Strategic planning, never taught as a principle in the Bible, is at the very center of much of the work of today’s churches. Goals, missions, plans, and budgets are set, and all contingencies are avoided. Essentially, there’s nothing wrong with this, but what did we learn from that parable? The Samaritan was not obliged to do good. He permitted himself to be touched by the suffering of a fellow human and responded using what he had at hand. He didn’t ask questions – he loved and acted.

Jesus illustrated the same principle in Luke 8:40–56. He was in the middle of a celebration when he received a call to see a very sick girl. He immediately left the crowd to go to her, but even as he was responding to this emergency, he allowed himself to be interrupted again, this time by a woman who had been bleeding for twelve years. He stopped to heal the woman, and set back on his way to the girl. On his way, someone said it was not necessary anymore…the girl had died. Even under those circumstances he went and resurrected her, bringing praise and joy to that house.

Even after this demonstration, a religious man asked him: “Who is my neighbor?” The parable was his answer. How many times does our focus on strategic objectives blind us to our neighbor?

members of Casa de Videira in front of a truck

Reform in its original (Lutheran) Protestant sense was about what it meant to be catholic (universal). One generation later it was about what it meant not to be Catholic. For many today, “reform” tends to mean, “If you don’t agree with our way of doing church, we will just break away and do our thing.” Which, ironically, leaves being “protestant” being mostly “arrogant,” as one of my dear friends says. Instead of defining ourselves against some other group, the gospel always invites us to turn the mirror back on ourselves to ask about our own transformation as followers of “the Way.”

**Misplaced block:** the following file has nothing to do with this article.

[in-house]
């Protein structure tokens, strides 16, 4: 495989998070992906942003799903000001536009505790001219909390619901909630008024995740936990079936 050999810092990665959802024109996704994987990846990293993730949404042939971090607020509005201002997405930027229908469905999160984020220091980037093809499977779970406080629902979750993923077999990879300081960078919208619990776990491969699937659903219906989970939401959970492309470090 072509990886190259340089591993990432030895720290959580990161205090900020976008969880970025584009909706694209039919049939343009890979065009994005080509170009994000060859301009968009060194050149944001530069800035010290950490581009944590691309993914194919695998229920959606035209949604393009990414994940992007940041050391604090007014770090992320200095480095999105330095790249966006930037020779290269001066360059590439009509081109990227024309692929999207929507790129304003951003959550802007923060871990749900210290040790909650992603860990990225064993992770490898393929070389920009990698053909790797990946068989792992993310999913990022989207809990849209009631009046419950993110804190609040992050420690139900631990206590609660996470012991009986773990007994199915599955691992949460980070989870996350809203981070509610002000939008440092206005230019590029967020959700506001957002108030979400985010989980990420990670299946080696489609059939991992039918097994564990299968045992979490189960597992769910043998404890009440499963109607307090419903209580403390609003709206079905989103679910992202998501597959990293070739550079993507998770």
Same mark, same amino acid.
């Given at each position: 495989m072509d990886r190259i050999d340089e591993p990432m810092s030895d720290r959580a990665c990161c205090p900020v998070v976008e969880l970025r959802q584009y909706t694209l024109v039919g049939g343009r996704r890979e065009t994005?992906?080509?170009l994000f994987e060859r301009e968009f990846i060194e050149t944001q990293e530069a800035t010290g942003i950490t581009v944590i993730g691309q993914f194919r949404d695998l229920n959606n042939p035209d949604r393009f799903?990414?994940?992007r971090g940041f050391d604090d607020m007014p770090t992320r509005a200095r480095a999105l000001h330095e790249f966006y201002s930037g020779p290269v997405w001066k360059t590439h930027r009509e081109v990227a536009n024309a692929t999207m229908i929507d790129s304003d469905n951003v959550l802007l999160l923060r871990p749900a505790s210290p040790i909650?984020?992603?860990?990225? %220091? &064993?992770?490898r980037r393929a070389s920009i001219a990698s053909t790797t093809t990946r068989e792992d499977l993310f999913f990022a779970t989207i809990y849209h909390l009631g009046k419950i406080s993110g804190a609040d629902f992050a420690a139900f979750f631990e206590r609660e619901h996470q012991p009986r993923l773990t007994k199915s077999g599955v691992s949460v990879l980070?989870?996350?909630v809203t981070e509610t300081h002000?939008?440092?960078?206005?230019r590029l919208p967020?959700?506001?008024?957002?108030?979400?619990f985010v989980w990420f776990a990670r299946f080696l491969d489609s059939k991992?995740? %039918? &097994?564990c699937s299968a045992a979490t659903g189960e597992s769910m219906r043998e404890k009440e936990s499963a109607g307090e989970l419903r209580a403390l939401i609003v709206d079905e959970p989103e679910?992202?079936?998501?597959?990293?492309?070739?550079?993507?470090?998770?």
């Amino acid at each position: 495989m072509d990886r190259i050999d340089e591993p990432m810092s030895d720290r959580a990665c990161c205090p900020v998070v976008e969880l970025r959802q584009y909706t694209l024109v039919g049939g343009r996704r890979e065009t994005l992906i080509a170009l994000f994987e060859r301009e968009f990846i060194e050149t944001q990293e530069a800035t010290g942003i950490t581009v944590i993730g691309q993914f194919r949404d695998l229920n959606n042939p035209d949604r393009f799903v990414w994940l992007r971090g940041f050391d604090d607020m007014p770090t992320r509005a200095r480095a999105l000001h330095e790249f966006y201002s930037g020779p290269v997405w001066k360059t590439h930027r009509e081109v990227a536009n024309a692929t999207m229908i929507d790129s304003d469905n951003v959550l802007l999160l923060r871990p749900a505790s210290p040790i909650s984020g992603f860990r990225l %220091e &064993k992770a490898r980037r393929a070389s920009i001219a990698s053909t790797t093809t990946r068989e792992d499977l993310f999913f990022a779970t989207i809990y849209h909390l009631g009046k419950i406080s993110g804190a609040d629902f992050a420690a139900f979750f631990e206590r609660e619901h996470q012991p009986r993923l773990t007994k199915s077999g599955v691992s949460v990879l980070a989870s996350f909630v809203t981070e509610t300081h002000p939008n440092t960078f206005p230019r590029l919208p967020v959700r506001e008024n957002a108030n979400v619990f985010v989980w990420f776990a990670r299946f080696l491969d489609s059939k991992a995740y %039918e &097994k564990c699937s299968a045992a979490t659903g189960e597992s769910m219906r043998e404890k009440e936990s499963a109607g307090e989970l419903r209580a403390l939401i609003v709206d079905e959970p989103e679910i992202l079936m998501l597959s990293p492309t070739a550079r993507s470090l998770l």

So, yes, we need a new reformation, but we have learned that the first step is to stop waiting for this to start in others. Instead of criticizing others, we must ask questions of ourselves. We must be ready to offer answers, but only when we have listened to the questions. And most importantly, we must permit God to interfere in our agenda, to interrupt our plans, and to guide us back to his Garden. May he be merciful and gracious and bring the reformation we need, starting where we are.


Top image: detail, Arthur Brouthers, Organic Elements; image reproduced by permission from artist

Related Article Becoming a Rooted Church – by Claudio Oliver Read
Contributed By photo of Claudio Oliver Claudio Oliver

Claudio Oliver is a founding member of Casa da Videira, a community of faith practicing urban farming in Curitiba, Brazil whose mission is to live and express care for creation, to expect and cultivate the “regeneration of all things,” to serve their neighborhood, and to inspire other churches to find new ways to live out their faith.